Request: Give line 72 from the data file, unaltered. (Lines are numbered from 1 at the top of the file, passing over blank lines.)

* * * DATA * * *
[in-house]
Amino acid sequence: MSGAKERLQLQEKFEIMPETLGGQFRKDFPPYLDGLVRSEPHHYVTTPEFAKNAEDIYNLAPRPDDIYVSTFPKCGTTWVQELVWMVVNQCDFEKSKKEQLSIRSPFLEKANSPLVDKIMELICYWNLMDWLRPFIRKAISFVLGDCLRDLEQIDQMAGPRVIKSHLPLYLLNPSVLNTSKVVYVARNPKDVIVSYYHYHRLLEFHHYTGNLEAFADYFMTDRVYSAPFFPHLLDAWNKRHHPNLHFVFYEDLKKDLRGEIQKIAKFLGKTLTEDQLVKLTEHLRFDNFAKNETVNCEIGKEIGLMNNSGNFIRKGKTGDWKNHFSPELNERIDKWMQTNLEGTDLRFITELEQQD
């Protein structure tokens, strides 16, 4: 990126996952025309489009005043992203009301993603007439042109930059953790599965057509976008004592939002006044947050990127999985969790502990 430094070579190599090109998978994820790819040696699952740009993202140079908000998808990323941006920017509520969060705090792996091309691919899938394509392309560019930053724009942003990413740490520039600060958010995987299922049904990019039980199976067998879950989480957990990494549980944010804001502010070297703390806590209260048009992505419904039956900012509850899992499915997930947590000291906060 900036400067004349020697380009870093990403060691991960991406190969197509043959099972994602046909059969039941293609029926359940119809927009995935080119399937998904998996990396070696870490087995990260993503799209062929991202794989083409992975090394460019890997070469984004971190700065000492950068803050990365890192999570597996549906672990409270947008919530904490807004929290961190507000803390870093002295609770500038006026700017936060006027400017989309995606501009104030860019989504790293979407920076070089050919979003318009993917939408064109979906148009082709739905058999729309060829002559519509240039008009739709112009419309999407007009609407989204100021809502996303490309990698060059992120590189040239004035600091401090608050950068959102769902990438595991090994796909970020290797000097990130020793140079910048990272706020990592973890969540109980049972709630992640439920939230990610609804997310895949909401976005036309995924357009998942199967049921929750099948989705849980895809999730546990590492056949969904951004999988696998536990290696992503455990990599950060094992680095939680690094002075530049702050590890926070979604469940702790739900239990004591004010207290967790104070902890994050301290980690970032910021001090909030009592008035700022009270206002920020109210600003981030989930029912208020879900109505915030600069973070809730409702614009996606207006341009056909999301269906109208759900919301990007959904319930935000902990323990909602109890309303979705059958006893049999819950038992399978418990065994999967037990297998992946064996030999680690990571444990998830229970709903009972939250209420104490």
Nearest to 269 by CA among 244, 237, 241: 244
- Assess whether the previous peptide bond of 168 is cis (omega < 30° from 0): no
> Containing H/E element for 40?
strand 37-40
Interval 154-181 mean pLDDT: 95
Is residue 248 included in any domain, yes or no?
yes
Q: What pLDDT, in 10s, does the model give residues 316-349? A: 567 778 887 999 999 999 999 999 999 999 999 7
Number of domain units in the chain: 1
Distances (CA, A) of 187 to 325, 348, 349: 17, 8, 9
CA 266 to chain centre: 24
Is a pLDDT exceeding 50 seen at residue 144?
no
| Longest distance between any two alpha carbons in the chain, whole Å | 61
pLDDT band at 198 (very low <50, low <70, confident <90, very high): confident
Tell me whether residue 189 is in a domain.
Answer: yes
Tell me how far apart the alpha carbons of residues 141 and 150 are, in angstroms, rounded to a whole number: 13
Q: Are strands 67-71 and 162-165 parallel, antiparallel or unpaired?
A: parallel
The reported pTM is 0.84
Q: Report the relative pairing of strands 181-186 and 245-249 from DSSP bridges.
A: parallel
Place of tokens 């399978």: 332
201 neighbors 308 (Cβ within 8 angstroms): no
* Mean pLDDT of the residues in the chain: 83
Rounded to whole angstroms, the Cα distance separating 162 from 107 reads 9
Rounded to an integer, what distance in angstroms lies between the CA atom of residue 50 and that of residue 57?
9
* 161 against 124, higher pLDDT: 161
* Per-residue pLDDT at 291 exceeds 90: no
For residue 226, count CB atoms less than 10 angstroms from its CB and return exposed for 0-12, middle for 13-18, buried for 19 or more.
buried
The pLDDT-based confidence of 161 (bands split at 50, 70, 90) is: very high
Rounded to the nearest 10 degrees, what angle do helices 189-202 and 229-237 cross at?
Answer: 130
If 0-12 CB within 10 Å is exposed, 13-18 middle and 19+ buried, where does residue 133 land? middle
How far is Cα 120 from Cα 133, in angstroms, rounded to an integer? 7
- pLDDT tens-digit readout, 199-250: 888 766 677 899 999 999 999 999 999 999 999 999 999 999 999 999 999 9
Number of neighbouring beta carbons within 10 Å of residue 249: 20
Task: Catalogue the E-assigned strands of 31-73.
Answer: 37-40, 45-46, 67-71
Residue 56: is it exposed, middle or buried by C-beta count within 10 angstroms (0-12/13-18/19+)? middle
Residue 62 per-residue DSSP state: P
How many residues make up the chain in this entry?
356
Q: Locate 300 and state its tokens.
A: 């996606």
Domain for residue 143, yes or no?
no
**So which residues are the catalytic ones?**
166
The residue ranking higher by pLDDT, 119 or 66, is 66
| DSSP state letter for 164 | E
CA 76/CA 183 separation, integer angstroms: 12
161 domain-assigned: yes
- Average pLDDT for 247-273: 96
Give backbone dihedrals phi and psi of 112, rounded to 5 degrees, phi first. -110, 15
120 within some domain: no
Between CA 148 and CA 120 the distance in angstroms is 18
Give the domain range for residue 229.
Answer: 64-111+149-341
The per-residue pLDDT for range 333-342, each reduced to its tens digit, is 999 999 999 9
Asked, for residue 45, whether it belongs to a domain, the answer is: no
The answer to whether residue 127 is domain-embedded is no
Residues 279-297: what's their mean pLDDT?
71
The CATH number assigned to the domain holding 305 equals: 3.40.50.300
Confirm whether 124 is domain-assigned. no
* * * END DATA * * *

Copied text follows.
Confirm whether 124 is domain-assigned. no